The vaquita is the smallest of the cetaceans, a group that includes whales, dolphins and porpoises. It is also by far the most endangered, and it is estimated there may be as little as 30 of these marine mammals left in the wild.
Scientific & Common Names
Kingdom - Animalia
Phylum - Chordata
Class - Mammalia
Order – Artiodactyla
Infraorder - Cetacea
Family – Phocoenidae
Genus - Phocoena
Species – P. sinus
Common Name – Vaquita (Spanish for “little cow”), Cochito (Spanish for “sow” or “pig”), Gulf of California Porpoise, Desert Porpoise, Gulf Porpoise
Vaquita are quite small, even for porpoises, and don’t exceed five feet in length. They have a thickset body type typical of porpoises, though their dorsal fins are relatively large. Like most of their kin they lack a pronounced “beak”. They are gray above, with lighter coloration below, and have dark markings at the front of their face around the mouth, as well as a dark ring encircling the eye. There may also be dark stripes running from the lower jaw to their pectoral fins, though these are not always present.
Not much is known about the breeding habits of the vaquita, though it is believed to be similar to the harbor porpoise in this respect. They are thought to breed in the early summer, with gestation lasting about 11 months. Birthing happens in early spring, February to April, though Vaquitas probably do not breed every year. They typically give birth to a single calf, and females will nurse their young for up to eight months.
The vaquita is a very cautious animal that is not easily observed in the wild. Thus, many of its habits are not well known. It tends to travel alone or in small groups, and it avoids boats and other vessels. When it surfaces to breathe it disturbs the water very little, and it often submerges for long periods of time.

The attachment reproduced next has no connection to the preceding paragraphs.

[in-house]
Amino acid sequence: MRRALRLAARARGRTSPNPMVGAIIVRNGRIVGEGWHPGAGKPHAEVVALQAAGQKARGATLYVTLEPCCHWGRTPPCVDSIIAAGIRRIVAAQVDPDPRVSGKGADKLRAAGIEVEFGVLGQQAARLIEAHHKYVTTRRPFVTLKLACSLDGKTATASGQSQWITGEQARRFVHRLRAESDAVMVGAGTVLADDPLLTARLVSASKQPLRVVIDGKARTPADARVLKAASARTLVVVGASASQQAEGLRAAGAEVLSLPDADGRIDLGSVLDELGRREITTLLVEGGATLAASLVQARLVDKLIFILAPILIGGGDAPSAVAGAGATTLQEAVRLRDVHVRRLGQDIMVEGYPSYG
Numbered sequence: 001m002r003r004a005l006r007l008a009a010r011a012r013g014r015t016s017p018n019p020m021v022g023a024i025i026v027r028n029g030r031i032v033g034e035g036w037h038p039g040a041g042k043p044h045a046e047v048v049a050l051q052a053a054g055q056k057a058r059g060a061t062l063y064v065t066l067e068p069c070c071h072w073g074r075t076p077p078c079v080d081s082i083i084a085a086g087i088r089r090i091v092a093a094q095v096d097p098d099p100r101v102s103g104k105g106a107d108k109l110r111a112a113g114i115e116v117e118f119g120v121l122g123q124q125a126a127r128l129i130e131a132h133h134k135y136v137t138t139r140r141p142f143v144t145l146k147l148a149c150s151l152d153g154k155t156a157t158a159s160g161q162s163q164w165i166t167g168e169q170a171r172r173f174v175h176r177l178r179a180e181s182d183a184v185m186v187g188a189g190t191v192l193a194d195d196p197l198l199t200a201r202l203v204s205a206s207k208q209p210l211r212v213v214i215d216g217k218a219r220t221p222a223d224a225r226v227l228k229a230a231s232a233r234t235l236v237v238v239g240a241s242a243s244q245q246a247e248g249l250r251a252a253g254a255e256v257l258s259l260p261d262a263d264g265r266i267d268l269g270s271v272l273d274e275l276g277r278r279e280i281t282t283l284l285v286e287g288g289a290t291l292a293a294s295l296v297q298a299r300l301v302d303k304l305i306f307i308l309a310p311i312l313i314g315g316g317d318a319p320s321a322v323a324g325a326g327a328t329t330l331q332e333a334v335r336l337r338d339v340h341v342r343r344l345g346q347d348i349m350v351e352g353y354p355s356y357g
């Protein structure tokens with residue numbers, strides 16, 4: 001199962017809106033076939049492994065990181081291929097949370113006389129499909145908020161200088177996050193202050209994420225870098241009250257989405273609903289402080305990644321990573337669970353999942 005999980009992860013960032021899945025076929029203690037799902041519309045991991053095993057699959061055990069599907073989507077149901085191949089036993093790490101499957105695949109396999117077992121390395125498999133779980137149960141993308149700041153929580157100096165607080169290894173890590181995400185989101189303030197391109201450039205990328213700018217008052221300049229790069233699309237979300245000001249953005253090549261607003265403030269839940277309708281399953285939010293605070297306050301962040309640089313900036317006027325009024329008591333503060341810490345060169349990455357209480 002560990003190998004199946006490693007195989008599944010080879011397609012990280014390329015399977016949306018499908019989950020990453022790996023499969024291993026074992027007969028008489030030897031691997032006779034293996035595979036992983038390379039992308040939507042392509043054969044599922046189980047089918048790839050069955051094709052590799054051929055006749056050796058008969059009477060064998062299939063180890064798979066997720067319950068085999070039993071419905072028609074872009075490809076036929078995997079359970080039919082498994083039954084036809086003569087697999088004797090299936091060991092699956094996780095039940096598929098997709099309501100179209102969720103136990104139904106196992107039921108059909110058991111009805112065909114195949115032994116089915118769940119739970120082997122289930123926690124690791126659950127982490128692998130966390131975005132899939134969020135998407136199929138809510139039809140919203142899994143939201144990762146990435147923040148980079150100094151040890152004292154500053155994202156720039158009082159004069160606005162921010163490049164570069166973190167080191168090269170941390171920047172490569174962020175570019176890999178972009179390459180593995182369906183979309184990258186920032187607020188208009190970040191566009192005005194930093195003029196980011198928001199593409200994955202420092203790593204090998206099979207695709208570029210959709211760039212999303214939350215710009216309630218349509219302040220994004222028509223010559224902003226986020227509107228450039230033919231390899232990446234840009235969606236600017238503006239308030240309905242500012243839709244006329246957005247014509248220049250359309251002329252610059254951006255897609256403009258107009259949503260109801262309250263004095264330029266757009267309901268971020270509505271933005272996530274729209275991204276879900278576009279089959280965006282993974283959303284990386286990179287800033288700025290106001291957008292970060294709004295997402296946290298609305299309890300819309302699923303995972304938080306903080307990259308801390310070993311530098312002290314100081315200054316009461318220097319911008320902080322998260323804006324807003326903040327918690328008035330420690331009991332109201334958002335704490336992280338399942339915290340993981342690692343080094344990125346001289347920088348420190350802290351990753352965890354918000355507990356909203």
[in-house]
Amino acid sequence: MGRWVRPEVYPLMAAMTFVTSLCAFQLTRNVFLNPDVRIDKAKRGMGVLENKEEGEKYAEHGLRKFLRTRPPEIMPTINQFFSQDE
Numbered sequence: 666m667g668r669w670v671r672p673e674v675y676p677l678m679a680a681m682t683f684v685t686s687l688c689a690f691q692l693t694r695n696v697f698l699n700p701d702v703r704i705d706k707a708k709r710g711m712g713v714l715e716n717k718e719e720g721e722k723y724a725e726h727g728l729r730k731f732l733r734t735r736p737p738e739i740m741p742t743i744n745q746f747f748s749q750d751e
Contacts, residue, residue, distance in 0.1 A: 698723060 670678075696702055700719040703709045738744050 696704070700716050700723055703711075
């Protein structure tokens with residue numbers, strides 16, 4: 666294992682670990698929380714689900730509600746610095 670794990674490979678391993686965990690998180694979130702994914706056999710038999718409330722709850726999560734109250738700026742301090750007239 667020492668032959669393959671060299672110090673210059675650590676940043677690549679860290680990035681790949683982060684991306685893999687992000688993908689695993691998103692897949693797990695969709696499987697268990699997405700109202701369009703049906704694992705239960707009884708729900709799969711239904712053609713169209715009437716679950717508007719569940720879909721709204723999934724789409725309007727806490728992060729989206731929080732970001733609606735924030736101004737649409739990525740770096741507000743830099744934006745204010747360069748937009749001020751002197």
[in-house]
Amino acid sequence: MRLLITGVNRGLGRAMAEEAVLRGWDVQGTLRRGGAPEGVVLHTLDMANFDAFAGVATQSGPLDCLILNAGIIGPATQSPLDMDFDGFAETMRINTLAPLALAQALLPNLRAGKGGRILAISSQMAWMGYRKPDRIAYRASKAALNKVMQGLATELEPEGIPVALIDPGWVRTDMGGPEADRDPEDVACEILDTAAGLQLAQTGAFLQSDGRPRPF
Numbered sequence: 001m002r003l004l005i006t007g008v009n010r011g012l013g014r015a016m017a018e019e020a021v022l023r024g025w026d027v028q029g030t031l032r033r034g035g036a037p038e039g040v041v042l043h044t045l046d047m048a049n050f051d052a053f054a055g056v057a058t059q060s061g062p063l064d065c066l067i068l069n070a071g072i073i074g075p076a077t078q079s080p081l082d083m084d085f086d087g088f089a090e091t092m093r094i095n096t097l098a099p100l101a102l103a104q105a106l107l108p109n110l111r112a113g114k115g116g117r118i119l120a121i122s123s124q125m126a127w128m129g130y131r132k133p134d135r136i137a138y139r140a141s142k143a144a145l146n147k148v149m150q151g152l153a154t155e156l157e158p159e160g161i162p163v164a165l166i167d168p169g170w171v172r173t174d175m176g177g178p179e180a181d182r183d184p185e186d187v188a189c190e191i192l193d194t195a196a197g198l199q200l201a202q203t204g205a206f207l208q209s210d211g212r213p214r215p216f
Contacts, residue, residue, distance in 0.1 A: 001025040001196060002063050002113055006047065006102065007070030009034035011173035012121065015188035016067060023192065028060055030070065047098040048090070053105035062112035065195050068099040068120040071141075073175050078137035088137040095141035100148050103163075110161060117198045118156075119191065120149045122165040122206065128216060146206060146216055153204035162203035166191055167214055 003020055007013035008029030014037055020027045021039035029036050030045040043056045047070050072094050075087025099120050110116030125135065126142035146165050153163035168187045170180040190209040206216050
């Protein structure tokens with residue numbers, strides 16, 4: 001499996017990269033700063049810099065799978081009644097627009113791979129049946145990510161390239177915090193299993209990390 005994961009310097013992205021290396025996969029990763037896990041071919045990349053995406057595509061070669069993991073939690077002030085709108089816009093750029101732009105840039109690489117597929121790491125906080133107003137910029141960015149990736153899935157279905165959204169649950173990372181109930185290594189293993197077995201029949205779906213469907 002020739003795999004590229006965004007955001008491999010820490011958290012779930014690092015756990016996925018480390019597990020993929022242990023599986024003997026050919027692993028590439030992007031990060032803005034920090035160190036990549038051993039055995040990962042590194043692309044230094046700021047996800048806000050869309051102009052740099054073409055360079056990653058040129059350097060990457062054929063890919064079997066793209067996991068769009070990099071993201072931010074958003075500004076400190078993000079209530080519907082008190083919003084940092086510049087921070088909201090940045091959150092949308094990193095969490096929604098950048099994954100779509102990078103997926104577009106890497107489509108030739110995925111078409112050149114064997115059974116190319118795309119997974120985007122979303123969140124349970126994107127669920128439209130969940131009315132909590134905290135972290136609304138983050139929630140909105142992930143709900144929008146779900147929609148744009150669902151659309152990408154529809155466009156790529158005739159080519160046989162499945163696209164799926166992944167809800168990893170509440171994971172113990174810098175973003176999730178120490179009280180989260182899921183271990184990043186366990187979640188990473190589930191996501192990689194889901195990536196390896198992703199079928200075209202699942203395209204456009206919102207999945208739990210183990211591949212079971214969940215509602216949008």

The vaquita is the only species of porpoise that lives in warm waters, and is only found in the northwestern tip of the Gulf of California in Mexico.
While it is not known exactly how abundant they were prior to their current decline, the estimated size of the population in the 1930s is believed to be around 5,000. Though vaquita are not specifically targeted for hunting and, they were unfortunately often caught in nets targeting another species: a fish known as the totoaba. From the 1920s to the 940s, the commercial fishery for totoaba caused immense damage to the vaquita population. The fish is now itself endangered due to overfishing, and commercial fishing was stopped in the 1970s, though it is still hunted illegally, causing both the totoaba and vaquita to decline in numbers.
Vaquita are critically endangered, and there may be as few as 30 animals still in the wild. Between 2011 and 2016, the population dropped by 90%.
The swim bladder of the totoaba is a delicacy in China, so despite the fish’s protected status, an illegal fishery is thriving in the Gulf of California. Vaquita are caught in these illegal gillnets, causing immense harm to their population. With their numbers hitting such tragically low numbers, breeding rates are also greatly reduced, making recovery even more difficult.
Despite a number of emergency efforts to curb the illegal use of gillnets in the vaquita’s range, their numbers have not rebounded and they are still in steady decline. Captive breeding programs are in development, though this is a difficult task due to the elusive nature of this porpoise and their poor track record in captivity.
Princeton Field Guide: Whales, Dolphins and Other Marine Mammals of the World, Jarrett & Shirihai, 2006
Guide to Marine Mammals of the World; Reeves, Stewart, Clapham, Powell; 2008
Whales, Dolphins and Porpoises: The Visual Guide to All the World’s Cetaceans, Mark Carwardine, 1995